Easy and Healthy: Aromatic Braised Chard and Kale Recipe

Aromatic Braised Chard and Kale - Greens are the basis of so many meals around here; I love them as a side, with big wedges of lemon and a slosh of olive oil at the table. But then I swirl them into soup, chop them into egg dishes, and stuff them into pies. This is a recipe for a lot of greens, since once you’re washing and trimming greens, you may as well cook a tubful. If your pan can’t hold all these greens easily, then cook them in batches.

Time: 15 minutes (10 minutes active)
Makes about 4 cups, plus juices
Easy and Healthy: Aromatic Braised Chard and Kale Recipe

Ingredients for Aromatic Braised Chard and Kale:

  • 2 bunches Swiss chard, stems chopped, leaves cut into 2-inch ribbons
  • 1 bunch kale, stems removed, leaves cut into 2-inch ribbons
  • 2 tablespoons olive oil
  • 3 garlic cloves, sliced
  • 1 bay leaf
  • 2 allspice berries
  • ½ teaspoon Aleppo pepper
  • Kosher salt to taste
  • 1 to 2 teaspoons vinegar-based hot sauce, such as Crystal
  • 1 teaspoon honey

Directions for Aromatic Braised Chard and Kale:

  1. Fill a large bowl with water. Place the chard stems and leaves and kale leaves in the bowl and swish them around to clean. Let stand for 5 minutes.
  2. In a large saucepan or soup pot, heat the olive oil over medium heat. Add the garlic, bay leaf, allspice berries, and Aleppo pepper. After 30 seconds or so, when the garlic is aromatic, lift the chard and kale out of the water (letting water cling to the leaves) and place it in the pot. Sprinkle with salt, cover, and turn the heat to medium-high. Cover and cook undisturbed for 2 minutes, then remove the lid. Add 1 teaspoon of the hot sauce and the honey and, using tongs or serving utensils, toss the greens, folding any unwilted ones underneath the softer cooked leaves. Continue to cook, uncovered, until the leaves are tender but still brightly colored, just another minute or two. Taste the greens and add more salt and/or hot sauce to taste.
  3. Remove the allspice berries and bay leaf and serve the greens right away or cool and refrigerate for up to 3 days.
  4. Note: In many recipes, you will squeeze the cooking juices away from the leaves. Save the juices, though, and toss them into your next soup or pesto for extra flavor.

• Swap out the greens. You can cook almost any greens in this manner, even lettuce, though you’ll want to mix in some other darker greens with it. Cooking greens this way is a wonderful way to cut wasted food; you can cook your beet and radish tops, a half head of cabbage, the last handful of arugula in a bagged lettuce, or the tougher outer leaves of frisée or escarole that you shuck when you are prepping a salad with the tender interior.
• Add herbs. I often have a problem with half bunches of herbs lying around the refrigerator. Parsley, celery leaves, chives—add them with abandon to the braising mix. Cilantro is great but takes your greens in a Middle Eastern or Mexican direction. Tarragon and basil are pungent, so add only a handful. And as always, be sparse with rosemary, sage, and/or oregano (but they can be wonderful, too).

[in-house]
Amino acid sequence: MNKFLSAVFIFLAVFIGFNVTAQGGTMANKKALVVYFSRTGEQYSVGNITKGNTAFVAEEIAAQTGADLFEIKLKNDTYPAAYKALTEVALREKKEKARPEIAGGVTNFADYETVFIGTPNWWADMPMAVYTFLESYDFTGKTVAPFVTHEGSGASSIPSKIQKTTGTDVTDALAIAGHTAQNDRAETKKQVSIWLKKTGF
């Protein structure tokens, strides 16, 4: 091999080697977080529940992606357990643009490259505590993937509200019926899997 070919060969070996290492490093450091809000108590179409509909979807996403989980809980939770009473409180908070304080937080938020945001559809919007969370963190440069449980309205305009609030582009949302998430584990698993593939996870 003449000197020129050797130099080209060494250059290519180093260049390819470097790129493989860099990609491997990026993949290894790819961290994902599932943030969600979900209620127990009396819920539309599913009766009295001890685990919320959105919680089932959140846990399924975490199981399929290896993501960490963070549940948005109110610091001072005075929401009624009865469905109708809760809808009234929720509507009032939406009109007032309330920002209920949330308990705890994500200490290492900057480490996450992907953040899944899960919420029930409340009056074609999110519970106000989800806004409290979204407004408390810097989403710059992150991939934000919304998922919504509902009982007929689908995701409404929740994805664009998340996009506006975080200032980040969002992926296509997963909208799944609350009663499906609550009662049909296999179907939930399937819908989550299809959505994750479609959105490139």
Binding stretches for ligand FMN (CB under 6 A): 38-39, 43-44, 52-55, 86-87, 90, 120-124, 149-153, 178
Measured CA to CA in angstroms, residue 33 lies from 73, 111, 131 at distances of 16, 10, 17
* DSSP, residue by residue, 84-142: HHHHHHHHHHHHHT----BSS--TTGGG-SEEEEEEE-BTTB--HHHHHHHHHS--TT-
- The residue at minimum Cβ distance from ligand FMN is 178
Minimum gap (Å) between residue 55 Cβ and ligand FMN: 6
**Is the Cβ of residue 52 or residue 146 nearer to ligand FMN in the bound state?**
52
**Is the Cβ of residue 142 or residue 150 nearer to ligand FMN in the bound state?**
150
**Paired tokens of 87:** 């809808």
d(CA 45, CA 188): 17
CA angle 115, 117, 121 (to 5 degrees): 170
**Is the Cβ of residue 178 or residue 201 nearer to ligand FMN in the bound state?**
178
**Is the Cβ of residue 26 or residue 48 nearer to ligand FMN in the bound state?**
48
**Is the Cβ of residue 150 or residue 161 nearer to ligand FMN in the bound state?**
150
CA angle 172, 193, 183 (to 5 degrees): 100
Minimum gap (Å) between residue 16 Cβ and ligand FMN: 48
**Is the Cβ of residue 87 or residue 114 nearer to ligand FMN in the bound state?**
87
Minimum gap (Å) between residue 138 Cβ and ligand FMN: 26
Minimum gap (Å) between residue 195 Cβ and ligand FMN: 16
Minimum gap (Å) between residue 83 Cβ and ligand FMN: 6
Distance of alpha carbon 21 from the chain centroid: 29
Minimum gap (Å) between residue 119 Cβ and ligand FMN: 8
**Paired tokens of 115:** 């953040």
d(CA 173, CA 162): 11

• Squeeze and cheese. If you want to make a delicious spread with your greens, squeeze them thoroughly, then chop finely by hand or in the food processor. Mix with ricotta, chèvre, or a combination of both. Season with salt, pepper, a pinch of Aleppo pepper, and maybe a grating of nutmeg. Then you can spread on crostini, fill cooked pasta shells, or roll into slices of prosciutto for an appetizer.
• Add some pig. If you eat pork, the greens taste great with it: add minced odds and ends of bacon, pancetta, or ham to the pan along with the garlic.

Ways to use Your Greens:
Dippily, in a tangy yogurt dip
Eggily, in a curried soufflé, or in an omelet
Breadily, as the flourish on a ricotta open-faced sandwich
Soupily, in quick vegetable soup
Cakily, in hearty quinoa cakes
Cornily, in veggie tacos, with scissor salsa
Tartly, in the rough-hewn tart

A Way With Beans
A pot of beans is money in the bank, an investment in delicious meals throughout the week. And if you’re investing, you may as well put some oomph into it. Canned beans are 100 percent fine, and I keep myself well stocked for evenings when I have not had any time for forethought. But when you cook your beans from dry, you have an opportunity to infuse them with even more flavor. They will shine on their own and resonate in your tacos or your soups or your salads. And if you are really into this food-saving thing, the bean pot is the perfect place for all sorts of things that might otherwise be wasted: leek tops, ugly carrots, the last two scallions in the bunch, half an onion, six odd mushrooms. If you have them, just throw them into the pot (peel and wash them but don’t otherwise cut them).
People can get a little religious about their bean-cooking methods. In truth, I use all sorts of methods. Most often I will soak them overnight in salted water at room temperature, bring them to a boil in the soaking water, then turn down the heat and simmer until they are cooked, which, depending on the size and freshness of the bean, can take from 30 minutes (for cannellini, black beans, and flageolets) to 75 minutes (for big ones like gigantes).
Since so many people are put off making beans because they forget to soak them, I also give you a very slow but steady method to make delicious beans in your oven or slow cooker. It’s something you can do on a Sunday afternoon without thinking about it and have tasty beans around for the week. While the oven is on, you could also toss some halved plum tomatoes with olive oil and salt and lay them on a sheet pan on the rack beneath the beans. You will have semi-dried tomatoes on hand to top, say, your bean crostini.

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